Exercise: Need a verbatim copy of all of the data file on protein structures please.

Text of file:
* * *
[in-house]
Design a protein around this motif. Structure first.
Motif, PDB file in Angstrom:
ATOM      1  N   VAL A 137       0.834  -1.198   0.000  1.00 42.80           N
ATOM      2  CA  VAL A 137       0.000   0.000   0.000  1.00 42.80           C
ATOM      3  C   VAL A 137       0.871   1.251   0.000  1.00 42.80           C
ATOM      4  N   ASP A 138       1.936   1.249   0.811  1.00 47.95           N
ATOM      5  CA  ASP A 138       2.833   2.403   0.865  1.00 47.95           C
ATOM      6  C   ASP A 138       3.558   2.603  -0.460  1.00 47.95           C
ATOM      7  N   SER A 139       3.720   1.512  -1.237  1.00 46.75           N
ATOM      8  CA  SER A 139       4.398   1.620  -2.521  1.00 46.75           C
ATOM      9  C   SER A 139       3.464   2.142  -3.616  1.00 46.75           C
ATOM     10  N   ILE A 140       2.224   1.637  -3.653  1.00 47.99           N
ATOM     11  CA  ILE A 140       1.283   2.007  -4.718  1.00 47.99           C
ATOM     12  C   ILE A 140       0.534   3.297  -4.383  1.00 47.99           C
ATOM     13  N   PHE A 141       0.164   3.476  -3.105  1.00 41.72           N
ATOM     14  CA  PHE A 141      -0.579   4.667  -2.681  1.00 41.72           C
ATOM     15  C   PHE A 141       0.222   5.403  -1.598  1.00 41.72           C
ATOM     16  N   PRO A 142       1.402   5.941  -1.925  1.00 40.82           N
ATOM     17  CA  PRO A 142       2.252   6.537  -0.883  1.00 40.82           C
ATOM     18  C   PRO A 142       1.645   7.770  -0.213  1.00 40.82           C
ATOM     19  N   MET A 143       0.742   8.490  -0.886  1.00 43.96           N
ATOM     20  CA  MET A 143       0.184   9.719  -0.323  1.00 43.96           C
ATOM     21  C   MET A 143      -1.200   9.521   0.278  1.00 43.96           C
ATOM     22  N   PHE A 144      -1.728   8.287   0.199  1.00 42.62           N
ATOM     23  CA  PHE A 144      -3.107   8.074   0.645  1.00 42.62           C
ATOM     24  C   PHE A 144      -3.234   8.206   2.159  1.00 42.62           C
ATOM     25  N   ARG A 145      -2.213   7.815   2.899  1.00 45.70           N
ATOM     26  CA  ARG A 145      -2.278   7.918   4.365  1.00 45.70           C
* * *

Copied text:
[in-house]
Design a protein around this motif. Structure first.
Motif, PDB file in Angstrom:
ATOM      1  N   VAL A 137       0.834  -1.198   0.000  1.00 42.80           N
ATOM      2  CA  VAL A 137       0.000   0.000   0.000  1.00 42.80           C
ATOM      3  C   VAL A 137       0.871   1.251   0.000  1.00 42.80           C
ATOM      4  N   ASP A 138       1.936   1.249   0.811  1.00 47.95           N
ATOM      5  CA  ASP A 138       2.833   2.403   0.865  1.00 47.95           C
ATOM      6  C   ASP A 138       3.558   2.603  -0.460  1.00 47.95           C
ATOM      7  N   SER A 139       3.720   1.512  -1.237  1.00 46.75           N
ATOM      8  CA  SER A 139       4.398   1.620  -2.521  1.00 46.75           C
ATOM      9  C   SER A 139       3.464   2.142  -3.616  1.00 46.75           C
ATOM     10  N   ILE A 140       2.224   1.637  -3.653  1.00 47.99           N
ATOM     11  CA  ILE A 140       1.283   2.007  -4.718  1.00 47.99           C
ATOM     12  C   ILE A 140       0.534   3.297  -4.383  1.00 47.99           C
ATOM     13  N   PHE A 141       0.164   3.476  -3.105  1.00 41.72           N
ATOM     14  CA  PHE A 141      -0.579   4.667  -2.681  1.00 41.72           C
ATOM     15  C   PHE A 141       0.222   5.403  -1.598  1.00 41.72           C
ATOM     16  N   PRO A 142       1.402   5.941  -1.925  1.00 40.82           N
ATOM     17  CA  PRO A 142       2.252   6.537  -0.883  1.00 40.82           C
ATOM     18  C   PRO A 142       1.645   7.770  -0.213  1.00 40.82           C
ATOM     19  N   MET A 143       0.742   8.490  -0.886  1.00 43.96           N
ATOM     20  CA  MET A 143       0.184   9.719  -0.323  1.00 43.96           C
ATOM     21  C   MET A 143      -1.200   9.521   0.278  1.00 43.96           C
ATOM     22  N   PHE A 144      -1.728   8.287   0.199  1.00 42.62           N
ATOM     23  CA  PHE A 144      -3.107   8.074   0.645  1.00 42.62           C
ATOM     24  C   PHE A 144      -3.234   8.206   2.159  1.00 42.62           C
ATOM     25  N   ARG A 145      -2.213   7.815   2.899  1.00 45.70           N
ATOM     26  CA  ARG A 145      -2.278   7.918   4.365  1.00 45.70           C